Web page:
Product developers are quick to point out that Linux is often the best choice available, but not the only choice. Microsoft touts its Windows Mobile and WinCE versions as viable portable operating systems for consumer products. The Wind River appliance platform is also available.

Of course, cost factors heavily into consumer product development. Unlike other options, the Linux OS is free. The inherent costs in using it involve fees for user support of a particular distribution or the costs of scaling the Linux kernel to a particular consumer product.
"You can tailor the Linux kernel to do anything that is needed with no royalties payments," said Philip Pokorny, director of field engineering at open source software and hardware firm Penguin Computing.

I don't know if it is true or not, but one of the computing websites had a user comment that the graphics card which came installed in his new HP Windows computer uses Linux in its control system. He thought that was mighty strange for a Windows ONLY computer.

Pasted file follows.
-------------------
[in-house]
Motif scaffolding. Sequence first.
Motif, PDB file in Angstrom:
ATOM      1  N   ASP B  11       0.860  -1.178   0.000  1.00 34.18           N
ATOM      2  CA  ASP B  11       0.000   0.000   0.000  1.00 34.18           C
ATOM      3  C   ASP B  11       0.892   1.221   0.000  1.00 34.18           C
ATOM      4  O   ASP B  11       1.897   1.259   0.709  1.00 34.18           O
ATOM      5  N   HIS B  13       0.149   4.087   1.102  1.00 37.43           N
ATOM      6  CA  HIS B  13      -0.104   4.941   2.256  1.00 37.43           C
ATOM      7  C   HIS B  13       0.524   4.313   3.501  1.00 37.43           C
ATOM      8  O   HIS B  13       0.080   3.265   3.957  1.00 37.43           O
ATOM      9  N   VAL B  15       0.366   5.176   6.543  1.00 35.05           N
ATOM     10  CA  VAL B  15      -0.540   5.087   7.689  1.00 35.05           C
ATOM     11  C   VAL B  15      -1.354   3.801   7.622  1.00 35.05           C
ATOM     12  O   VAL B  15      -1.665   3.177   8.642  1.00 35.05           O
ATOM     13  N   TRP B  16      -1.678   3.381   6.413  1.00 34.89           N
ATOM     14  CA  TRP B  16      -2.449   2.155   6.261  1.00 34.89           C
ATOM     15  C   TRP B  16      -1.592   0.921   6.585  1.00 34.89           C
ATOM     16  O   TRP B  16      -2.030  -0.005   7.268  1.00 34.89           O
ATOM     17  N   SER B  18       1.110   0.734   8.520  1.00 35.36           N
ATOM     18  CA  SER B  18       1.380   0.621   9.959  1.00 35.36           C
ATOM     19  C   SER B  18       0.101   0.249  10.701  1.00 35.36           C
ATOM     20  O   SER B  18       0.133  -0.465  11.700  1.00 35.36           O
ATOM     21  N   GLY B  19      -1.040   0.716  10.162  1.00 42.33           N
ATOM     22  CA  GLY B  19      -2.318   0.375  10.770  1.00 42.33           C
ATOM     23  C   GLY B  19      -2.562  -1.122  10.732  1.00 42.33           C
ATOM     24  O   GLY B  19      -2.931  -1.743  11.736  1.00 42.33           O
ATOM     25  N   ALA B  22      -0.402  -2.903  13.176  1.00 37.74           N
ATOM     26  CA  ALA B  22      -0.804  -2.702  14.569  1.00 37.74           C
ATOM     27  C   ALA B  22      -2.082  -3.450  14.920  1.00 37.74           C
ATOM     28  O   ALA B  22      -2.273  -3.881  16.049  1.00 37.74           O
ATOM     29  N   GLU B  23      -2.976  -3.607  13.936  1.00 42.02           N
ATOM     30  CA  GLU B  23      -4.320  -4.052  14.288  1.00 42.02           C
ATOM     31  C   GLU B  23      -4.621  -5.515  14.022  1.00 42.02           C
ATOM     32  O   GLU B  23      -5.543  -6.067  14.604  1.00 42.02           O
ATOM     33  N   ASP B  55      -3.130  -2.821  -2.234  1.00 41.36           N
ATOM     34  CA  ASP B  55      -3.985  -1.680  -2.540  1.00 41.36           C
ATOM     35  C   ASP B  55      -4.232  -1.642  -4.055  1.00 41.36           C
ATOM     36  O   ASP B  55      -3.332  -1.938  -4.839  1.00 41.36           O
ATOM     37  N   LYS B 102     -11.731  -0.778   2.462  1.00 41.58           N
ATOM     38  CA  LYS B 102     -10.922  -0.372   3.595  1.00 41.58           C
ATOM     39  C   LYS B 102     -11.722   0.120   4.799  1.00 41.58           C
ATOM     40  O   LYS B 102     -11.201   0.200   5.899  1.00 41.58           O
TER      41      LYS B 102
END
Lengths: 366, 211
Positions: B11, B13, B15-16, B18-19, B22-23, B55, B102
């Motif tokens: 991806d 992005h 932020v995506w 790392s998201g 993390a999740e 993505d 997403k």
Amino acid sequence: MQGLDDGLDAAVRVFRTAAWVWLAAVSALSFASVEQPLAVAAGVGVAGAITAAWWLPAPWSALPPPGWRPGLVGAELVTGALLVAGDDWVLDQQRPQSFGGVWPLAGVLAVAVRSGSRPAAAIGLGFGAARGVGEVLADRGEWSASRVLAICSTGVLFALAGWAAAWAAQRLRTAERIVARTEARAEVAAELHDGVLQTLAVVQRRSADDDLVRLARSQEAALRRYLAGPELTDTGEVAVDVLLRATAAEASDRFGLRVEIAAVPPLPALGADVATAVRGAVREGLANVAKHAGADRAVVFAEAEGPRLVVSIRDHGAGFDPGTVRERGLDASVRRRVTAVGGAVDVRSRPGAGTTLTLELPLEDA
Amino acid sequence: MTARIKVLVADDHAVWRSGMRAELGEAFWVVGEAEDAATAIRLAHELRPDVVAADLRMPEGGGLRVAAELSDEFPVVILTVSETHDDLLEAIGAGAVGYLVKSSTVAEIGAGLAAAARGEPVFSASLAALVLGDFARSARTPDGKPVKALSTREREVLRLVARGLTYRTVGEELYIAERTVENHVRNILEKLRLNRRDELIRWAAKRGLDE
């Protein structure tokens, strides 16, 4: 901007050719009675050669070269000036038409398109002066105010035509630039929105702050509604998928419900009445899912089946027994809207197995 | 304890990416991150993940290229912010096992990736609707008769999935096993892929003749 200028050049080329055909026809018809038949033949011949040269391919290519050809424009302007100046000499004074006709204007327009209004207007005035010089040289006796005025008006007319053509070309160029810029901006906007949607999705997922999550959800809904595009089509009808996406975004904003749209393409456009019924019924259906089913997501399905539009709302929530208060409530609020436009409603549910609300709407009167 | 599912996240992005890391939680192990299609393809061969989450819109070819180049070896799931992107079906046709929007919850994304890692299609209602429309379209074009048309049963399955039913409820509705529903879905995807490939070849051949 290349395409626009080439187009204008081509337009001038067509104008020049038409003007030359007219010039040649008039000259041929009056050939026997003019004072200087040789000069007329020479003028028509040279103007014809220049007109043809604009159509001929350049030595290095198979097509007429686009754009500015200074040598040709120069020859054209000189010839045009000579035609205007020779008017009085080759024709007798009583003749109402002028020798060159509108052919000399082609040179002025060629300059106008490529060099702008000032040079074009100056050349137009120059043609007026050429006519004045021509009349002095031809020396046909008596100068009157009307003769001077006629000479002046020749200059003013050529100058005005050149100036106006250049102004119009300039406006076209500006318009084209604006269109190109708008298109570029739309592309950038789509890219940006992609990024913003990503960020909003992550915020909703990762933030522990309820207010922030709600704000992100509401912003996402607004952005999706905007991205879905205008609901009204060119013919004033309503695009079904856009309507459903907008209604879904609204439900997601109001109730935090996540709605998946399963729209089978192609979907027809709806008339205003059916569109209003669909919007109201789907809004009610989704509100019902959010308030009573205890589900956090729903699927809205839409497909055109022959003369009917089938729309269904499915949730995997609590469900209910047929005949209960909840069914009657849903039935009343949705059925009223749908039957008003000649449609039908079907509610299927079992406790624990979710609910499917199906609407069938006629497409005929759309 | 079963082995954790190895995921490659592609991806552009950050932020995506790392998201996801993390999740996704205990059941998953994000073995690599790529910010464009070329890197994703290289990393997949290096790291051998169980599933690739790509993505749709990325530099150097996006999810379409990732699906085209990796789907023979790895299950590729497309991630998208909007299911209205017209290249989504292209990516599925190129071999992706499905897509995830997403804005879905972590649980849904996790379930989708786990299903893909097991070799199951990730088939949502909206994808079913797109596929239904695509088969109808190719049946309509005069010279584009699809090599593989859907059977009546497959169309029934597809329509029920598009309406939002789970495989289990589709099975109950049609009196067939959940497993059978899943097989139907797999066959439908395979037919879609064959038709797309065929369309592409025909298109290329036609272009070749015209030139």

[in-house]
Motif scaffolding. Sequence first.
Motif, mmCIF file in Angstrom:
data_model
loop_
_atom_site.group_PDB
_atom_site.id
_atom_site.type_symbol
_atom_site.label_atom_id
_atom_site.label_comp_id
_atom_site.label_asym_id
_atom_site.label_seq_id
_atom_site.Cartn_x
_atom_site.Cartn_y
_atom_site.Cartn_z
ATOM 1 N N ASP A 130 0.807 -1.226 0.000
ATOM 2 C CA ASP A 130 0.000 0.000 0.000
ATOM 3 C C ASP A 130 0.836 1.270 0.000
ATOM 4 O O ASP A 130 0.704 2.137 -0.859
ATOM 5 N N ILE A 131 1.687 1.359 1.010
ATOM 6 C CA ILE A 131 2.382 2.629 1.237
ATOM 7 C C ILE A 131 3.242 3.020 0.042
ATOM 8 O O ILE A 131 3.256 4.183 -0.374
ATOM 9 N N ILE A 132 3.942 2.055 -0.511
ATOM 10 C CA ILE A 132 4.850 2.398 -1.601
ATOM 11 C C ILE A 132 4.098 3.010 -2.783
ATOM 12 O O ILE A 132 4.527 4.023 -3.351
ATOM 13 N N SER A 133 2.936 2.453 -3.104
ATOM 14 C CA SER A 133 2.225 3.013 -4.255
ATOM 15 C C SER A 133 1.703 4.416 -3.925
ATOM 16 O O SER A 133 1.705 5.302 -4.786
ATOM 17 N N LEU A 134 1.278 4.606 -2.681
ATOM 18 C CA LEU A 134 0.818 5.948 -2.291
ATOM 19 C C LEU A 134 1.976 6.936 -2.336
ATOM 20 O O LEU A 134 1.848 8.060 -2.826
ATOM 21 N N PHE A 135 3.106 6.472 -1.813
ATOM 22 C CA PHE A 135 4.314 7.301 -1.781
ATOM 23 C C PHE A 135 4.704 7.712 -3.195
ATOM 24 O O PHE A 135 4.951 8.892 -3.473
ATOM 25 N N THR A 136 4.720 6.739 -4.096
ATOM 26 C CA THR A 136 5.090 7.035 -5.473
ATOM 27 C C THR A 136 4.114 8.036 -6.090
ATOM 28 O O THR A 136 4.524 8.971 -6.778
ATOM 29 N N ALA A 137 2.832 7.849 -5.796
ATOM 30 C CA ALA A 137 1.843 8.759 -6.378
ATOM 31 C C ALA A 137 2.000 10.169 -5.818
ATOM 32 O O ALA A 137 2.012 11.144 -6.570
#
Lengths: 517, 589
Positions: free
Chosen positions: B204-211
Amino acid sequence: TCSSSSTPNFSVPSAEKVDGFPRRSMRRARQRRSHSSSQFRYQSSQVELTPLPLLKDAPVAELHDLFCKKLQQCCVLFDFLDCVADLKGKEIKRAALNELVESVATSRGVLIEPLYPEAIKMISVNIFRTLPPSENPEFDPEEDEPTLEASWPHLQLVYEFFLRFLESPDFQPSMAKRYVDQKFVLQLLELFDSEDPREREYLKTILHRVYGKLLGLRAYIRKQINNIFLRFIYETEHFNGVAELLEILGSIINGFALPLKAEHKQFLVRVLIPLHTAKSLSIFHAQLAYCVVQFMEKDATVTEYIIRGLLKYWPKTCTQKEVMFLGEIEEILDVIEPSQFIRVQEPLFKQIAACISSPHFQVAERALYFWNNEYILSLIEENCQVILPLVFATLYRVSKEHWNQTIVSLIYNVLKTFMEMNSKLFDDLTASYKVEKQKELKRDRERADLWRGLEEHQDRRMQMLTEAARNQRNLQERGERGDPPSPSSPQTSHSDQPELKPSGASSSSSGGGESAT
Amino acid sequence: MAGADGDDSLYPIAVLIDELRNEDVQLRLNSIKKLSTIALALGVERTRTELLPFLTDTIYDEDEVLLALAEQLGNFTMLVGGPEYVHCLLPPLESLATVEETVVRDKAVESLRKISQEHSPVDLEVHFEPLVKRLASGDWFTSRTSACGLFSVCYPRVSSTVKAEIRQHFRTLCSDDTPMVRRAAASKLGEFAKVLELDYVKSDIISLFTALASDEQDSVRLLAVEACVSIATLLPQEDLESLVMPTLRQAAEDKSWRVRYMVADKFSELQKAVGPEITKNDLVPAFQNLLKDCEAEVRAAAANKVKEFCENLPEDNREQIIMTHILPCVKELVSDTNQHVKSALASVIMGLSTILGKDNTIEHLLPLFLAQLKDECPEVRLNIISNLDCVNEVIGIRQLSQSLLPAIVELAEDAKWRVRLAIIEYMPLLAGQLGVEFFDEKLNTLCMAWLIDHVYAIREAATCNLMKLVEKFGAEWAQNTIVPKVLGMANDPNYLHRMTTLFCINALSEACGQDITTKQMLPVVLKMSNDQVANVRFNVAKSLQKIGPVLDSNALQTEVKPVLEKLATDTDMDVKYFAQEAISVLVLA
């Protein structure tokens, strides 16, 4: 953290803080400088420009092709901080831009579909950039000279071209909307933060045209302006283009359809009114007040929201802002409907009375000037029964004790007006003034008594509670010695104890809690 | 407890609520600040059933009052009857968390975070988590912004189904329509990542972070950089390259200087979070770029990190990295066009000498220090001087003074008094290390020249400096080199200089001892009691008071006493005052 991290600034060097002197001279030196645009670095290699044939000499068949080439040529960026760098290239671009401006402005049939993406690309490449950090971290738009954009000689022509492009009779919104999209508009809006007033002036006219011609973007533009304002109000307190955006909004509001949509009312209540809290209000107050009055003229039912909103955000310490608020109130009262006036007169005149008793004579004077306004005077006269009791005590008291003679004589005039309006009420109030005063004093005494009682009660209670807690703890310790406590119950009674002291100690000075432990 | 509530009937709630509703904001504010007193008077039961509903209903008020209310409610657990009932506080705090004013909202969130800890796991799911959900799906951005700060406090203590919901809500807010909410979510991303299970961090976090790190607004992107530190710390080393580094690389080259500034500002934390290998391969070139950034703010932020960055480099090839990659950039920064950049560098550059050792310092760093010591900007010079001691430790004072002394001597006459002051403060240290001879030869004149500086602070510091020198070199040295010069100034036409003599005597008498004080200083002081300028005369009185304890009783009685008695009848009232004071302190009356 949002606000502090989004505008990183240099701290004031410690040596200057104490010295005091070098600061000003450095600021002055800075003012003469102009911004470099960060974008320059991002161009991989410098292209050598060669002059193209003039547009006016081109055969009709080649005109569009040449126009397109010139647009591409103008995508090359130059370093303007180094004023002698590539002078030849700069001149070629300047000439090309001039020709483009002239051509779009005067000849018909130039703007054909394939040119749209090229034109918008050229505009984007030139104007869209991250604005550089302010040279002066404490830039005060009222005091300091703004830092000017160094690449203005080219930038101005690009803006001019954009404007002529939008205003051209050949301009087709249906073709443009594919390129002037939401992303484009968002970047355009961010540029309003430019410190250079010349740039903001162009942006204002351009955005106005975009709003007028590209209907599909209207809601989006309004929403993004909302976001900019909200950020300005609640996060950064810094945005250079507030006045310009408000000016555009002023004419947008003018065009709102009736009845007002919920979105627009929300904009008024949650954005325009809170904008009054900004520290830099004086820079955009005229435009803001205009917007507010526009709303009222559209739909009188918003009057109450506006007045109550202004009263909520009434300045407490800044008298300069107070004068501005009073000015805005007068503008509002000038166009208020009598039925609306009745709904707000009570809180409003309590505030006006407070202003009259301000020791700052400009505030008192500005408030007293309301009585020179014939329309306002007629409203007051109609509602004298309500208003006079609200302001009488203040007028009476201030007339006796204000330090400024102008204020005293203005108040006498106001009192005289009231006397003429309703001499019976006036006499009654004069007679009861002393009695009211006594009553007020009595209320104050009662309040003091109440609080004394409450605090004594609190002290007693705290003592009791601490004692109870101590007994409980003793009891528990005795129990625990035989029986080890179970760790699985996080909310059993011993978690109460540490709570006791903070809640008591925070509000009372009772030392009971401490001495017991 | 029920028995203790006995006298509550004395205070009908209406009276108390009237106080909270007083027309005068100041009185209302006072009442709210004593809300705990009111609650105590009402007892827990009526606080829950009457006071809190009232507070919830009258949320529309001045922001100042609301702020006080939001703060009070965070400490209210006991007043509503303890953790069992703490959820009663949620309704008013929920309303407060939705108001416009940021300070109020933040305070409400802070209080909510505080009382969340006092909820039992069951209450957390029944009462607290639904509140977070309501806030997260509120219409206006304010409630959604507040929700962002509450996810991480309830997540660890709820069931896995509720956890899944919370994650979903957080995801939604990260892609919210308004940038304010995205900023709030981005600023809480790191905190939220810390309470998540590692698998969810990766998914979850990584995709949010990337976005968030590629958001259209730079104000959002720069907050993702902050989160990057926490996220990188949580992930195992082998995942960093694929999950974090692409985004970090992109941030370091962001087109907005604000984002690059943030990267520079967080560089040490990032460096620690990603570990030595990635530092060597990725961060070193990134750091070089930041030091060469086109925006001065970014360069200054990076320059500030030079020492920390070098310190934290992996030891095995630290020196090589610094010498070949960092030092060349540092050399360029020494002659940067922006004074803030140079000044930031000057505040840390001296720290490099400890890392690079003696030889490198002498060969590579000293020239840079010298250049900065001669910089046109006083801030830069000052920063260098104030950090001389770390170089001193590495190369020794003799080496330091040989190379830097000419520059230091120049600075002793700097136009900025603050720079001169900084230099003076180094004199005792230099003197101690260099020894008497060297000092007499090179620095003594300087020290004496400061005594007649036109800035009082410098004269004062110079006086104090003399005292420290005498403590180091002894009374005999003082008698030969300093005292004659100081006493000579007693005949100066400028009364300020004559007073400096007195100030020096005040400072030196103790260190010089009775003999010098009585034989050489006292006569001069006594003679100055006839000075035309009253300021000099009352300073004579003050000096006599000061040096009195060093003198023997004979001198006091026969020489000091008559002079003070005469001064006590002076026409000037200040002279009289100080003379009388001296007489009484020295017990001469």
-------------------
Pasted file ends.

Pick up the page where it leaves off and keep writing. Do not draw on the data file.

TTUL
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Re: Ubuntu 15.04 Alpha

Postby Yogi » 24 Dec 2014, 20:24

If you count every electronic controller as a Linux operating system, then certainly Linux rules the world. I, however, don't see a wrist watch or a TV remote with a Linux kernel in the same class as a work station, a desktop, a laptop, a tablet, or a smart phone. The Linux kernel might be open source and royalty free, but it's totally useless by itself. Everything that is added onto the kernel costs in terms of development time, which means it's not exactly free. You also would have to be pretty naive to believe all those IBM virtual machines are given away as free and open source - and no, I don't believe you are.